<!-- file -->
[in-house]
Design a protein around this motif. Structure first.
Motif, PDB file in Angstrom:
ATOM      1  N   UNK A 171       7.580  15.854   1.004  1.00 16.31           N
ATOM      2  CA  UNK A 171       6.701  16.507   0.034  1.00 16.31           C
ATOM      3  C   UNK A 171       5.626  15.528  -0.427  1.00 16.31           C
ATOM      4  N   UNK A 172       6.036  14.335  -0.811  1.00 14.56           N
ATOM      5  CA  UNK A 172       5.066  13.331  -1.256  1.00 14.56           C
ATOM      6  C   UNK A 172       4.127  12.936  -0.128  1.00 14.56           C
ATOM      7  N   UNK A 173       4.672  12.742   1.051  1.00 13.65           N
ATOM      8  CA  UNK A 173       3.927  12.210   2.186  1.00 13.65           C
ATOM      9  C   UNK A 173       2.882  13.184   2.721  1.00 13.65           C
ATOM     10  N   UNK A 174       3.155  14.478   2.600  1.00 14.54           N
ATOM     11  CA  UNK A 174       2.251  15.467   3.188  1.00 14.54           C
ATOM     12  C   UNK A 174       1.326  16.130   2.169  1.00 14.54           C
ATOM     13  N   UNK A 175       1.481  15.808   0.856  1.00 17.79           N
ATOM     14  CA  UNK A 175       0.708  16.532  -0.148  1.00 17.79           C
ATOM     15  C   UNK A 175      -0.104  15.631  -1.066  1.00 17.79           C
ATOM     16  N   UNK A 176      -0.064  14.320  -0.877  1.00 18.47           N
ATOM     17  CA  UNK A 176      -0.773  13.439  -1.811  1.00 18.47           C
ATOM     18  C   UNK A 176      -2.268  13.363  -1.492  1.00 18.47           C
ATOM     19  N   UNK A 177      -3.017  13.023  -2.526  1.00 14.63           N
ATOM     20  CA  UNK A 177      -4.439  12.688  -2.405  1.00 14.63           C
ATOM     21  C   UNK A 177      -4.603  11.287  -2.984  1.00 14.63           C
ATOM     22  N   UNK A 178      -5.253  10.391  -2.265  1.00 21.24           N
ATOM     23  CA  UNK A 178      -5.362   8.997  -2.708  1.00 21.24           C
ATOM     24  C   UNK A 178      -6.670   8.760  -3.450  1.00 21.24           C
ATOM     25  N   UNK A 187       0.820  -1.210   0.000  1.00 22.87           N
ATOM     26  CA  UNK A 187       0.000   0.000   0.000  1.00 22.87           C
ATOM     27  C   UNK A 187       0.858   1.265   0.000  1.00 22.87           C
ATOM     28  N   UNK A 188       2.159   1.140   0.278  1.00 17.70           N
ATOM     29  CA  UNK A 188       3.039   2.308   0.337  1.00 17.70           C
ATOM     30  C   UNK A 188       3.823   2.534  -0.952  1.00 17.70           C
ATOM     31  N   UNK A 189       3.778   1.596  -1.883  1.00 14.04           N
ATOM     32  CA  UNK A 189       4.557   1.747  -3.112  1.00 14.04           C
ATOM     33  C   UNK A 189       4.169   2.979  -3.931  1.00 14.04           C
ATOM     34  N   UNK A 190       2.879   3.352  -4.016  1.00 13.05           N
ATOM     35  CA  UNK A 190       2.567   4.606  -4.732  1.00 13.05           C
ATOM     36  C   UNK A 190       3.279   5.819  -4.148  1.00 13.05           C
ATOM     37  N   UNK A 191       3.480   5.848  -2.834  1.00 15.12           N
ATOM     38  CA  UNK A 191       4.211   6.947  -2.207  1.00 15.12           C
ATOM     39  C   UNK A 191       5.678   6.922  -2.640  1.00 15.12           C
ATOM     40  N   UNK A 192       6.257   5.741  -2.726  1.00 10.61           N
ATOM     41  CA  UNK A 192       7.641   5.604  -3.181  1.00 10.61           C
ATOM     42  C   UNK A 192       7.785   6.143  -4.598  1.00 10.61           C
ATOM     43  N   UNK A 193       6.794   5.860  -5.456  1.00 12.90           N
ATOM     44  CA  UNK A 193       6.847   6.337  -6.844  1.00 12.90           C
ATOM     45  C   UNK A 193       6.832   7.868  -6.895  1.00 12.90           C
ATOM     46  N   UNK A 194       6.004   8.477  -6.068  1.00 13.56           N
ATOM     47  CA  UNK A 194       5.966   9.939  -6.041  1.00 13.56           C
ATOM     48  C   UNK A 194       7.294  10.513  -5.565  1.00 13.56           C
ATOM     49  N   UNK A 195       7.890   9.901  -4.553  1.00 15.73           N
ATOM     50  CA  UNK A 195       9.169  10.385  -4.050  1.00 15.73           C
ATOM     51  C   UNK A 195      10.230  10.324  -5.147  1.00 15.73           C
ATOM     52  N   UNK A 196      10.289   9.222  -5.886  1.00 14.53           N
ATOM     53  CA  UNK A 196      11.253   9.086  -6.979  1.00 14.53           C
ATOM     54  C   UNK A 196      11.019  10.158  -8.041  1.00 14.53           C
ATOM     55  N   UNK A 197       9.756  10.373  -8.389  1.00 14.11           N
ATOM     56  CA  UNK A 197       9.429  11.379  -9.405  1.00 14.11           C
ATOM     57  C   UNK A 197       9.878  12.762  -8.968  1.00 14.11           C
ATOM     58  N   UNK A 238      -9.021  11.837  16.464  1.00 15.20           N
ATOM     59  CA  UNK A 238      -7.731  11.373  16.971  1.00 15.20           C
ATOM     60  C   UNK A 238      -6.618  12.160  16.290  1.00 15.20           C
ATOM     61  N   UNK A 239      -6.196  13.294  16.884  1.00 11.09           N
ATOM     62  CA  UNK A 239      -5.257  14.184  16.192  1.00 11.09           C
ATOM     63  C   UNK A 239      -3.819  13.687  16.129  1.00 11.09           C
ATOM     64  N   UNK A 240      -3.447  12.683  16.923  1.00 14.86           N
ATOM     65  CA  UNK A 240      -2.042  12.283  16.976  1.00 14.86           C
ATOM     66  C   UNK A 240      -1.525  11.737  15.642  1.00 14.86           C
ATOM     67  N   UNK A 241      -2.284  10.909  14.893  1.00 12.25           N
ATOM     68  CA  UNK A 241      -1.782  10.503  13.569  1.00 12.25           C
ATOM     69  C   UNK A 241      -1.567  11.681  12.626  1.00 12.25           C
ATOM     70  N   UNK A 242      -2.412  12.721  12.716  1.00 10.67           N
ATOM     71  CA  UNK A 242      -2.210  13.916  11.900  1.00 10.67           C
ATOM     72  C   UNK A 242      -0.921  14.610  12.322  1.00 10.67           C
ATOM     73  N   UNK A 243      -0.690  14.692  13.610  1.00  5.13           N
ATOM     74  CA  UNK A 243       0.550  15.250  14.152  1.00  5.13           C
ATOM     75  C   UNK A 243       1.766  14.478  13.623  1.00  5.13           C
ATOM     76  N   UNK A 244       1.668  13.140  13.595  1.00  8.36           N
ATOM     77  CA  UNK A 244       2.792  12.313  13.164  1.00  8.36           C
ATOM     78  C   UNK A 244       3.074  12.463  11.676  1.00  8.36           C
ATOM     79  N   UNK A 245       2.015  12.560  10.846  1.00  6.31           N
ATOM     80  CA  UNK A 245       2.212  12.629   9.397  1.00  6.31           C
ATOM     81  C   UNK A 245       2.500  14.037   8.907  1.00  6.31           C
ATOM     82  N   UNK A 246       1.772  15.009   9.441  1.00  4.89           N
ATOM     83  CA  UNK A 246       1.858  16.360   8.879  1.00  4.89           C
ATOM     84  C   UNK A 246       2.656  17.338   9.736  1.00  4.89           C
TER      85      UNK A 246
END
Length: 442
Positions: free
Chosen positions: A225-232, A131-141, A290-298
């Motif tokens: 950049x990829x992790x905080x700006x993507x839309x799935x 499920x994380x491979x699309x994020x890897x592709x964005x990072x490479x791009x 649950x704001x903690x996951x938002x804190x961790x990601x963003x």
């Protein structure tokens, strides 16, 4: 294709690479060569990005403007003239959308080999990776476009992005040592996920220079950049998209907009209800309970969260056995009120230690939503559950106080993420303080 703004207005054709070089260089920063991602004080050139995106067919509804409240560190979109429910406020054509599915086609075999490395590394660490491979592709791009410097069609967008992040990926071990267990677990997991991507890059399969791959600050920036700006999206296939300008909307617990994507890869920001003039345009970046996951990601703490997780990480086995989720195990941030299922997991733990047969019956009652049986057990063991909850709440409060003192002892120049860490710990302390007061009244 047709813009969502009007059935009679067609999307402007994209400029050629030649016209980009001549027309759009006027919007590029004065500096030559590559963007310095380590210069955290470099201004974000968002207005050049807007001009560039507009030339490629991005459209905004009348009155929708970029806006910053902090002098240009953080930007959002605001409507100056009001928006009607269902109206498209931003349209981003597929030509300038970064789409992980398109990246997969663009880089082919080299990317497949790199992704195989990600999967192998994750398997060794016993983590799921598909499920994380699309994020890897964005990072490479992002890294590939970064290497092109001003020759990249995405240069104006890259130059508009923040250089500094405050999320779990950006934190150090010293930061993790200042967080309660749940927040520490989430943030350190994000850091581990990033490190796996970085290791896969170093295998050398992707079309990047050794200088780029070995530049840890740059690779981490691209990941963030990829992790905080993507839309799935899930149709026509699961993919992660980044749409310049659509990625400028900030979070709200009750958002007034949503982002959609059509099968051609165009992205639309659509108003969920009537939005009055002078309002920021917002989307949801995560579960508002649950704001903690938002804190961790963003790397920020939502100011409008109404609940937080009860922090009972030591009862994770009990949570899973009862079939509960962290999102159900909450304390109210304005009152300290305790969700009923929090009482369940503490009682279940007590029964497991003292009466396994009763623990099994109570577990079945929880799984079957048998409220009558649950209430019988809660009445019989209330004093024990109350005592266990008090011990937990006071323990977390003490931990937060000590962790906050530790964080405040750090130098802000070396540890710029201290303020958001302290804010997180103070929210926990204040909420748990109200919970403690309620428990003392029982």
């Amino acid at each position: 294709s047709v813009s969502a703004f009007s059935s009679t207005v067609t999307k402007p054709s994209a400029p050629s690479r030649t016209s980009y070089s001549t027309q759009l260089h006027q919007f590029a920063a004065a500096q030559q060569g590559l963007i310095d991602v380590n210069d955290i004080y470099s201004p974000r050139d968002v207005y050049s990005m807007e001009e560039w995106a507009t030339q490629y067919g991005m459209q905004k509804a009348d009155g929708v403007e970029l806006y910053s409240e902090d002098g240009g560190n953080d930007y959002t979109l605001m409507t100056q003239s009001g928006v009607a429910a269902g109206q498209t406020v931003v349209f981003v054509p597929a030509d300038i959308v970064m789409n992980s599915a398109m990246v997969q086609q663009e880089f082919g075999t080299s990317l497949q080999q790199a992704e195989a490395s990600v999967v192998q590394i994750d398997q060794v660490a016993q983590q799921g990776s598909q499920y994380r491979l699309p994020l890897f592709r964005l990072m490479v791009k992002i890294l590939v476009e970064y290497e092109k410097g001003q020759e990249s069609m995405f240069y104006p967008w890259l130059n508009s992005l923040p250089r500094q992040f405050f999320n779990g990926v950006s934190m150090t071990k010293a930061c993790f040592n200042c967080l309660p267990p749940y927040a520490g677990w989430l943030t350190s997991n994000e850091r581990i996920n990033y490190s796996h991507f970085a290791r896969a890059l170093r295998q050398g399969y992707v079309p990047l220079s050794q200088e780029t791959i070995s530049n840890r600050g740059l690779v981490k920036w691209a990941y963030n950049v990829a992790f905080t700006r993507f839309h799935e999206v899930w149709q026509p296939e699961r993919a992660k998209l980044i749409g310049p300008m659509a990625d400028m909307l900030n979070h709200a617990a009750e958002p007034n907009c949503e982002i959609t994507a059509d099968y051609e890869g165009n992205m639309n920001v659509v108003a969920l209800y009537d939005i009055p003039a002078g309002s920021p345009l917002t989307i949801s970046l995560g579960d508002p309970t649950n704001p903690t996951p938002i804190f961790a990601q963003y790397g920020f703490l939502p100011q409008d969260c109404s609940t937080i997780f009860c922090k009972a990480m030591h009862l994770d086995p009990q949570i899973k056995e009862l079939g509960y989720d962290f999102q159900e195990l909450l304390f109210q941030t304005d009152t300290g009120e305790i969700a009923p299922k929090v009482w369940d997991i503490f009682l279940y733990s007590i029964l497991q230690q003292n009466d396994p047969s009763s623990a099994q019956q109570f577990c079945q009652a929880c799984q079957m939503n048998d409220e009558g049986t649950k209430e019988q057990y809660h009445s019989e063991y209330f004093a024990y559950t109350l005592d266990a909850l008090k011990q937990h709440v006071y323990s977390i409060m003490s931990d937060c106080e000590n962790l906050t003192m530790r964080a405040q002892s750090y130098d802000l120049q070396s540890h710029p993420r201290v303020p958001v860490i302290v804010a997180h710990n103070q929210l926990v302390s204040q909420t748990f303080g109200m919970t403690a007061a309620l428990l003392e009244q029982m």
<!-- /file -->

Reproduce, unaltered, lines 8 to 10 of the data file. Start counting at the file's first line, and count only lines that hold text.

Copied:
ATOM      5  CA  UNK A 172       5.066  13.331  -1.256  1.00 14.56           C
ATOM      6  C   UNK A 172       4.127  12.936  -0.128  1.00 14.56           C
ATOM      7  N   UNK A 173       4.672  12.742   1.051  1.00 13.65           N